God, in Asaph's words, sees wicked ones, like an animal, like a rhino with it's horn coming at God.  Maybe the horn is a weapon.  I think it is symbolic of power.

In the next verse, Asaph writes words about promotion and demotion.  He says that God is the one who ultimately promotes.  God is seeking to promote people into higher levels of authority and assignment.

God brings people down and puts others up.  That is what it says here.

We had a conference at my church once, where everyone was asked to stand and the speaker prayed for God to confirm or deny the ministries of each one.

This is another time, I personally believe, where God is sorting people out; both in the world and in his church.

These are the next words of the song:

Exaltation does not come
from the east, the west, or the desert,
for God is the Judge:
He brings down one and exalts another.

I do not claim to understand this next section.  This is what the NET Bible notes say:

"The psalmist pictures God as forcing the wicked to gulp down an intoxicating drink that will leave them stunned and vulnerable. Divine judgment is also depicted this way in Ps 60:3; Isa 51:17-23; and Hab 2:16."

Here's the next stanza:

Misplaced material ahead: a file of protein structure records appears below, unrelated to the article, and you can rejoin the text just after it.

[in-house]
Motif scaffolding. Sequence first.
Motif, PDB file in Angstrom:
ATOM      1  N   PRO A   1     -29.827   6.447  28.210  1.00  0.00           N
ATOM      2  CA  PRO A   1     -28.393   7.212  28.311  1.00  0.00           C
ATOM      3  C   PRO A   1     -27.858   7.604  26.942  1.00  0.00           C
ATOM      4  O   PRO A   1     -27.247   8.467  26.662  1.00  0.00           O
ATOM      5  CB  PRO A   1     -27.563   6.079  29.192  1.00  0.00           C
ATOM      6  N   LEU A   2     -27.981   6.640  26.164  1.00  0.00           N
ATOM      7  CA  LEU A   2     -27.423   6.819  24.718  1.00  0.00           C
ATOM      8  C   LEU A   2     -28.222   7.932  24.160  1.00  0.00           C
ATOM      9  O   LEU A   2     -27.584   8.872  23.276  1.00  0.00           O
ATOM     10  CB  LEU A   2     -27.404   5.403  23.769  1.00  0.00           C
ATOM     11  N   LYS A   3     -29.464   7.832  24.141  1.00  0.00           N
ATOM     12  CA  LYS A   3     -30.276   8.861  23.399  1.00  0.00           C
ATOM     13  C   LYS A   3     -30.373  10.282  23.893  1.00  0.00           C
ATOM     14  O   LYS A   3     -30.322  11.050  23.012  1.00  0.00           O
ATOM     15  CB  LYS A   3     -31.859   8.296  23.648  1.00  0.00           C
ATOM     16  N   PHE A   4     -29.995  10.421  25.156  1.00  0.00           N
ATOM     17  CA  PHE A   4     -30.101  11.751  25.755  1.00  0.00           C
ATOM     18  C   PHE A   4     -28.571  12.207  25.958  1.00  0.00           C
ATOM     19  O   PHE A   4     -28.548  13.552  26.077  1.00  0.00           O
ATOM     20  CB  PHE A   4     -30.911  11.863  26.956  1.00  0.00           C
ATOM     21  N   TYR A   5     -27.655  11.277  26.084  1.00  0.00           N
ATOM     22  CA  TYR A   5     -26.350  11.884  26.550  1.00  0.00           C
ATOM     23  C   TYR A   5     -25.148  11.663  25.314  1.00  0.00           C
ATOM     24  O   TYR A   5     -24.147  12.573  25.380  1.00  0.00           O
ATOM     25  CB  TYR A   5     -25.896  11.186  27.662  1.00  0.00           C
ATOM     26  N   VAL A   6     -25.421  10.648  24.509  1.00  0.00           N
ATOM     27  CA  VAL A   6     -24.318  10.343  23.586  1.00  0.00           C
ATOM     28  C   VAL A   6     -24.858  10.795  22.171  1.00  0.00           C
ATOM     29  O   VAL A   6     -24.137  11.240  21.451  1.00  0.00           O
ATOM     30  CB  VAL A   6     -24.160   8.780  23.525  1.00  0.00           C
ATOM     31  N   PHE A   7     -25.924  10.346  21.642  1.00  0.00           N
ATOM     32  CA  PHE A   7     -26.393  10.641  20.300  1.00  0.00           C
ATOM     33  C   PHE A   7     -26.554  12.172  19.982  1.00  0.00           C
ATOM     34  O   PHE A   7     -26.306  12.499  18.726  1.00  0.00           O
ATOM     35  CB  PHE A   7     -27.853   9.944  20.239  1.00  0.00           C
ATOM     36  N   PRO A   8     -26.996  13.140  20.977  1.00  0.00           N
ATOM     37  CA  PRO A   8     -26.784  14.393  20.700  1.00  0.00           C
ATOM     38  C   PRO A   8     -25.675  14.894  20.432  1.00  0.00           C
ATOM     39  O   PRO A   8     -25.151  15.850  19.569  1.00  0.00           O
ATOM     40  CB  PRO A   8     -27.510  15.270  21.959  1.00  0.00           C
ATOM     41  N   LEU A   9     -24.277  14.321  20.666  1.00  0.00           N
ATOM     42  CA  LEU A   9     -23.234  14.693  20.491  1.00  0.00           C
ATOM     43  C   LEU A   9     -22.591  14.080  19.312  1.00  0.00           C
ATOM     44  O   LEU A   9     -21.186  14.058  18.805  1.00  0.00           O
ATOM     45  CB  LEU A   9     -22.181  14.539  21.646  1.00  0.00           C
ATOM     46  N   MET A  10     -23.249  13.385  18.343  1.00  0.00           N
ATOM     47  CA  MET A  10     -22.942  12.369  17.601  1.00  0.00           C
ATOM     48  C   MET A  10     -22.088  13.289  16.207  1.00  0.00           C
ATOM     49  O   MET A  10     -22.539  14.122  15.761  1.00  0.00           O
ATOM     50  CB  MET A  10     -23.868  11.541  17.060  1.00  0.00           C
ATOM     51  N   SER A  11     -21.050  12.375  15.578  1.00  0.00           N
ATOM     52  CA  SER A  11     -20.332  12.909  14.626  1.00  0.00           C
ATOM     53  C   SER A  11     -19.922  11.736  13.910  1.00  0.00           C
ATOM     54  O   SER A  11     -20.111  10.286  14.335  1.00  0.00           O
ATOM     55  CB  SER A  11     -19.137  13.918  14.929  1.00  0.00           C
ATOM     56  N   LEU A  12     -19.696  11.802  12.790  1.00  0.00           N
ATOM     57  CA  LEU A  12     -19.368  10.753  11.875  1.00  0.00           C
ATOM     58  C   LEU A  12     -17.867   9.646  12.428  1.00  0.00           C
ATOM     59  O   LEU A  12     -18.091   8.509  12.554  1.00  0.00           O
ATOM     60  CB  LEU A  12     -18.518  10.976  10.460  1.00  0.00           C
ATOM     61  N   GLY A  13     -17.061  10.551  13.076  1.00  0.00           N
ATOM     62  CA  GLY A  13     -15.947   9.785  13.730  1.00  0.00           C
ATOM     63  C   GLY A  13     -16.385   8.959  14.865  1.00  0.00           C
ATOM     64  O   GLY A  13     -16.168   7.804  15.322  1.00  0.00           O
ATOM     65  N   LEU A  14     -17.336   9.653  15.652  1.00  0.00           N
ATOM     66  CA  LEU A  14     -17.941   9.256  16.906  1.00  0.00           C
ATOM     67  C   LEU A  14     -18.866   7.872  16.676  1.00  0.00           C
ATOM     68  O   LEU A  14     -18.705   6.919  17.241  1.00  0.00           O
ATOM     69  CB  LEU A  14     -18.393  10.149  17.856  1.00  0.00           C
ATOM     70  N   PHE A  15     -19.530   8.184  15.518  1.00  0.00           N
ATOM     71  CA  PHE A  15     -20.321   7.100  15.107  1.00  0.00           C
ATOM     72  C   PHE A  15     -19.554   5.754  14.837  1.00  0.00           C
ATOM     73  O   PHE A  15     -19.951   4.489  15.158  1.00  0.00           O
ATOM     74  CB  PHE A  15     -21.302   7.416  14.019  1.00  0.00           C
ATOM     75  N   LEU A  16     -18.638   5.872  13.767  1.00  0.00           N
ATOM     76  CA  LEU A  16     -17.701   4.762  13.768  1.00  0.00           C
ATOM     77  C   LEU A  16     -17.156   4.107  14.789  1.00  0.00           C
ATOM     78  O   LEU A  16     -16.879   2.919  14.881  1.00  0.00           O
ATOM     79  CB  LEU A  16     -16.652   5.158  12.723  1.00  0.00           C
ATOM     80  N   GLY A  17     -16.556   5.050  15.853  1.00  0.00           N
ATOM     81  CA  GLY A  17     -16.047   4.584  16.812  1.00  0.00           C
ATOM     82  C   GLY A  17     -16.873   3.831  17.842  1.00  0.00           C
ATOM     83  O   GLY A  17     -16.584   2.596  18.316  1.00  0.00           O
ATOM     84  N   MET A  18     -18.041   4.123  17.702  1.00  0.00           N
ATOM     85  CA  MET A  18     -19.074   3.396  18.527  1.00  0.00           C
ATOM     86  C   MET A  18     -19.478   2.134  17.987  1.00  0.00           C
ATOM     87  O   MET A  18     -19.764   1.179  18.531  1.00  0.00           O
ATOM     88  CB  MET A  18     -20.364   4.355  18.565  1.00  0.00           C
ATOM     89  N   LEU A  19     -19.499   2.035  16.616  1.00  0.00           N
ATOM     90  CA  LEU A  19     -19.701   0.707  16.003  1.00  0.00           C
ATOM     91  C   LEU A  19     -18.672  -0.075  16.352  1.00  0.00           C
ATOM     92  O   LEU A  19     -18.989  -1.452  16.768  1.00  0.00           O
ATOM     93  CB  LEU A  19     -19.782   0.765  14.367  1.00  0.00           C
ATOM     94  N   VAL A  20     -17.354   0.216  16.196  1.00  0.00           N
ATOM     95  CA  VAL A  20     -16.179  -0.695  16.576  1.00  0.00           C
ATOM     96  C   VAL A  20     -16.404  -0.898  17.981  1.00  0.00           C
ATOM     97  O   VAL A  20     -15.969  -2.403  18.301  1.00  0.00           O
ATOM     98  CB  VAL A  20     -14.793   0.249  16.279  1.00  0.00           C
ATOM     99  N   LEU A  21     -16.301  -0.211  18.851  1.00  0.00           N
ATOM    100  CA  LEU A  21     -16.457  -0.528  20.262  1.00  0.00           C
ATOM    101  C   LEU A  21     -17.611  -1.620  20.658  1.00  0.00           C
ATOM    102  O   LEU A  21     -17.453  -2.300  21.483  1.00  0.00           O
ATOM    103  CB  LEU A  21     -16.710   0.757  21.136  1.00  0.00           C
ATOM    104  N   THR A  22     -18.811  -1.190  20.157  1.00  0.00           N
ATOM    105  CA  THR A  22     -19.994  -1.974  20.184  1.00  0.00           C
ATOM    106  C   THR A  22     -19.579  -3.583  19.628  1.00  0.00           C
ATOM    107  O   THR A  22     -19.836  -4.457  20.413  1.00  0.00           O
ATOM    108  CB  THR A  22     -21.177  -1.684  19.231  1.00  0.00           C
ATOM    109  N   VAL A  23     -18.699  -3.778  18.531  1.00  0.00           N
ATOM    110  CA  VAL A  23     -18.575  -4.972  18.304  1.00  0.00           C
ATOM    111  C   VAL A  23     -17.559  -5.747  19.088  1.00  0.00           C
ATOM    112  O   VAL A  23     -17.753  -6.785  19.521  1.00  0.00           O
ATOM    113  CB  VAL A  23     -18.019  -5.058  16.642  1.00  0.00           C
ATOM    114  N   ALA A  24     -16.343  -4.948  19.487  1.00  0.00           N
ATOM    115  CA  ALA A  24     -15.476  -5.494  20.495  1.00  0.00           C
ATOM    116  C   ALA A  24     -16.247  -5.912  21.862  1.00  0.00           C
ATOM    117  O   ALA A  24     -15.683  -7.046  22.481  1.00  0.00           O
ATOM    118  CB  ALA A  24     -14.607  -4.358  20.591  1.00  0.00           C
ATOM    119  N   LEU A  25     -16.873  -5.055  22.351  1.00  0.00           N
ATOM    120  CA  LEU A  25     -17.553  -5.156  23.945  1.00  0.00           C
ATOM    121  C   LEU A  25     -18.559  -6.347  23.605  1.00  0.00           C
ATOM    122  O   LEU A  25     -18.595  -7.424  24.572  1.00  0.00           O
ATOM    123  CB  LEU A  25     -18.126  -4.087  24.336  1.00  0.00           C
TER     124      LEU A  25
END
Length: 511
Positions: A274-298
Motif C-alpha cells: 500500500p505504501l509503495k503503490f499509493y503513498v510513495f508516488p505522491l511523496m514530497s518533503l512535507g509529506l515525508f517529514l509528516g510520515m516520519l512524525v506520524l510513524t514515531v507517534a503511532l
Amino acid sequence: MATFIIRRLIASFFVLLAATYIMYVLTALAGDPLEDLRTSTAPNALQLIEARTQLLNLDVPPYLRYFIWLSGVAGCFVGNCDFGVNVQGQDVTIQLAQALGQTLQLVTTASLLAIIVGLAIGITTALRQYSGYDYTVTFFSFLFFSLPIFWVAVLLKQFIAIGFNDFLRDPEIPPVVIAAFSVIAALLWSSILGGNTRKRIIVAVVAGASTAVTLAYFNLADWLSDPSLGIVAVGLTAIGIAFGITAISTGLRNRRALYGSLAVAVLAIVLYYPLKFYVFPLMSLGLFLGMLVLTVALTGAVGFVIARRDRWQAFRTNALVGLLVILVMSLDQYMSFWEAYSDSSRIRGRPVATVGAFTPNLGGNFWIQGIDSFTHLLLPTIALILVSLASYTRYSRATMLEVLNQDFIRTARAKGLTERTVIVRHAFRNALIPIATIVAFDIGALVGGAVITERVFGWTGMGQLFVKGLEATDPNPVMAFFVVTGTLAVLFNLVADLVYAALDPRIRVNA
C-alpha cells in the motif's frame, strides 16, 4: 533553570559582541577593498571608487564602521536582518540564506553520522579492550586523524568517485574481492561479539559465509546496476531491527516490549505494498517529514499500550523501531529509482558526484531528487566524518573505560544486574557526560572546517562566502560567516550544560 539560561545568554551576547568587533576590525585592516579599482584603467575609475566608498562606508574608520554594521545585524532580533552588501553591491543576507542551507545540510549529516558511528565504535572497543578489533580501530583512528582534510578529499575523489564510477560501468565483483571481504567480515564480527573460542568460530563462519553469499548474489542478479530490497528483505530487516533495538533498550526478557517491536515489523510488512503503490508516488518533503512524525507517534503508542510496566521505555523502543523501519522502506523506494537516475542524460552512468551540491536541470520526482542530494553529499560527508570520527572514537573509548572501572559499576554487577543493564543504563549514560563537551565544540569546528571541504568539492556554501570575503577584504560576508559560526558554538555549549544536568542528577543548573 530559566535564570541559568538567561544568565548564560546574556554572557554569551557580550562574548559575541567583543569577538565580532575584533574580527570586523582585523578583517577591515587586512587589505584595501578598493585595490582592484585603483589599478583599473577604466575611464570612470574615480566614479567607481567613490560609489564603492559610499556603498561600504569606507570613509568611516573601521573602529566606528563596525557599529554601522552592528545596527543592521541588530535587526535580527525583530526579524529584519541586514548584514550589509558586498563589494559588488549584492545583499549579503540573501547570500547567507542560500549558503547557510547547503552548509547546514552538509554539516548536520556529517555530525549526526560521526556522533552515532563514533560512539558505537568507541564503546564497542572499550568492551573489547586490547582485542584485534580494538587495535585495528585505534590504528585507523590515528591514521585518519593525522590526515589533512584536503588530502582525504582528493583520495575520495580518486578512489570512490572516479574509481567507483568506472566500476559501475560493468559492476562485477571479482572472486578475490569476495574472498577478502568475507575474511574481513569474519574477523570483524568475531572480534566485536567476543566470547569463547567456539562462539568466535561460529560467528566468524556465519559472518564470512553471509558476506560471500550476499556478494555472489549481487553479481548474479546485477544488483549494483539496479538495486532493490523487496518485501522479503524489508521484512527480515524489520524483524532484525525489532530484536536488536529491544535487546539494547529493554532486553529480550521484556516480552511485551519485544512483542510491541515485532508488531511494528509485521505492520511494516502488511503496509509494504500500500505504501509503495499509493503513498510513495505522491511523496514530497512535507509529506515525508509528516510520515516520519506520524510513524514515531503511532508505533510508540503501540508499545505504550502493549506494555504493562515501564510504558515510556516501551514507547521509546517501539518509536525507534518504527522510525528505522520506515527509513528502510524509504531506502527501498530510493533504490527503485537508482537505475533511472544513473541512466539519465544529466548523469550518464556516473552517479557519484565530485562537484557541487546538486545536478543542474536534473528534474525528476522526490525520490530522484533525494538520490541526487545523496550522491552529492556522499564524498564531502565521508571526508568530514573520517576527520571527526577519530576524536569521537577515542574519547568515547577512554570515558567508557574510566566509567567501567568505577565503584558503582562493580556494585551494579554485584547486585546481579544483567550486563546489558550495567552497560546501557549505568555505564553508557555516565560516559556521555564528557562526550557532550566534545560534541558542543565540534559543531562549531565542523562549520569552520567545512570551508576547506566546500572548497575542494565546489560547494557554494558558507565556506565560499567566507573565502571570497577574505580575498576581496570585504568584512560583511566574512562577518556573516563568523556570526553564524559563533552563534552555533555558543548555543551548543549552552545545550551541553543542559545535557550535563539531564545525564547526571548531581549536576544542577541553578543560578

For there is a cup in the Lord’s hand,

full of wine blended with spices, and he pours from it.
All the wicked of the earth will drink,
draining it to the dregs.

As for me, I will tell about him forever;
I will sing praise to the God of Jacob.

The "telling about him", is remarking about God as judge, who demotes and promotes.  He did not just do it to Egypt, but does it now, at times.  

The song ends with another quote from God that the singers sing to remind us about God, what he does and will do when the time is right:

“I will cut off all the horns of the wicked,
but the horns of the righteous will be lifted up.”

There is your praise chorus for today:

“I will cut off all the horns of the wicked,
but the horns of the righteous will be lifted up.”

That is the summation of this song.  God is going to cut the power from the wicked and lift up the righteous.  Demotion and promotion time, when God says it's time.

And 'the righteous' are not self righteous, religious, pious people.  The righteous are just people who are walking with God, people of faith, people who are faith-full.  Righteous people are God's kids.  Righteous people are people who have Christ in them and who Christ is living his life through.

There comes a time when God judges and promotes some people and demotes others.  That's my message for today.  Blessings.